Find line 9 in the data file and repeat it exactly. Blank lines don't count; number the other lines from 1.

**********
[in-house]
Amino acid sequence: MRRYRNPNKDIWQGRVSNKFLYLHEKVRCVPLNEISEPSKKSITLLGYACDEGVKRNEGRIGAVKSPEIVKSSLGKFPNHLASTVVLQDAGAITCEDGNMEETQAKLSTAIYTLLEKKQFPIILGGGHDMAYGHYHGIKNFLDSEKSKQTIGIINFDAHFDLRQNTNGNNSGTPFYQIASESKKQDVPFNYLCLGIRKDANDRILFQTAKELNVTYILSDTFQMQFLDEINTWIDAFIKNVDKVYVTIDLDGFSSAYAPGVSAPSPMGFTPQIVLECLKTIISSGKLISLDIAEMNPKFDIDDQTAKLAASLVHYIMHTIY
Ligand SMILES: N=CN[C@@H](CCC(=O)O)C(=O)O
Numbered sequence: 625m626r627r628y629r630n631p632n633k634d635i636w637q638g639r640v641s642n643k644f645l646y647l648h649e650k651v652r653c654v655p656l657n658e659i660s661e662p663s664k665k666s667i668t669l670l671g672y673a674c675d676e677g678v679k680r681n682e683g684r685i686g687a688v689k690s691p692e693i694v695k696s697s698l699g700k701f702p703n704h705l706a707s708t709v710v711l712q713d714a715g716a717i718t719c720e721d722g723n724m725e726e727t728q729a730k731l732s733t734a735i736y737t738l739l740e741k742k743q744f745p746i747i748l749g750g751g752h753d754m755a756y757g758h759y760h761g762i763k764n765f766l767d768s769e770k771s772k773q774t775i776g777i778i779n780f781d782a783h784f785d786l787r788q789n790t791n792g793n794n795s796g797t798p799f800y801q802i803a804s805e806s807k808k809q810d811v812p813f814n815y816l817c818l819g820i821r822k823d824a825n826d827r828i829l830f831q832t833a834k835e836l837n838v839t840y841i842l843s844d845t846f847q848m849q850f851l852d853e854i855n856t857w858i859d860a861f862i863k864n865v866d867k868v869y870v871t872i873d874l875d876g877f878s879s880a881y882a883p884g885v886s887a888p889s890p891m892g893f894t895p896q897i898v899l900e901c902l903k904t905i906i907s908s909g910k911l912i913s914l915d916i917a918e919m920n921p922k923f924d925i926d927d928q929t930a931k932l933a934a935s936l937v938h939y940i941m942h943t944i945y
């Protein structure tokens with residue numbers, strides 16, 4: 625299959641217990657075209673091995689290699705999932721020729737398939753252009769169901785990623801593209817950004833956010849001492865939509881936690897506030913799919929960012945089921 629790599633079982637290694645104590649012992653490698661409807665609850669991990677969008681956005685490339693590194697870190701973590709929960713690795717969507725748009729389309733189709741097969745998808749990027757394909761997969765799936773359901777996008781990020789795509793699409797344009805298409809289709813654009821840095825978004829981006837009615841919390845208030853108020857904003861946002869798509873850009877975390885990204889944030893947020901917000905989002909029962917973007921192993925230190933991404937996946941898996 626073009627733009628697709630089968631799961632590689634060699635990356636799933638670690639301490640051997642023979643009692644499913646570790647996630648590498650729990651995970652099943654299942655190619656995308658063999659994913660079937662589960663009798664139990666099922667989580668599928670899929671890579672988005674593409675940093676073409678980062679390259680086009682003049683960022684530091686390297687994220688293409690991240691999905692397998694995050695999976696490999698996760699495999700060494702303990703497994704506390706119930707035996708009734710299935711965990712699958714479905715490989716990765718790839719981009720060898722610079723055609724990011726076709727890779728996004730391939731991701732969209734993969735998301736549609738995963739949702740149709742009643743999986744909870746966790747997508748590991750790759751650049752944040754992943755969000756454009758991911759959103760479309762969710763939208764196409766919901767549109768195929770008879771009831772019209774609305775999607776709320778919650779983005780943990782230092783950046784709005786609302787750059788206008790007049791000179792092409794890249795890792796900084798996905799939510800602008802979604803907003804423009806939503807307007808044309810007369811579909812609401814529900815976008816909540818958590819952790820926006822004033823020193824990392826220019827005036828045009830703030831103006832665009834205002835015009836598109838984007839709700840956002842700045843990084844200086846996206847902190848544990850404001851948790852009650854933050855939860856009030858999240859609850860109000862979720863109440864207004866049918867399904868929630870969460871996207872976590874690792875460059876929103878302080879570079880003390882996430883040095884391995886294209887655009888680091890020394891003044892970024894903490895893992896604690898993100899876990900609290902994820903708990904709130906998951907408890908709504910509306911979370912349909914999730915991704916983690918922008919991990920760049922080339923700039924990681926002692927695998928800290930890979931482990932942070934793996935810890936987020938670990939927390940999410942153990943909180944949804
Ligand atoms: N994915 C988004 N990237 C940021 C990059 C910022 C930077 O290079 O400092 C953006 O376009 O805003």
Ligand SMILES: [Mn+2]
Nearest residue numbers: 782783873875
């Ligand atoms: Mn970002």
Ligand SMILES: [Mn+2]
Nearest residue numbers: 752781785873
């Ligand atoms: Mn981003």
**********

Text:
């Ligand atoms: Mn970002």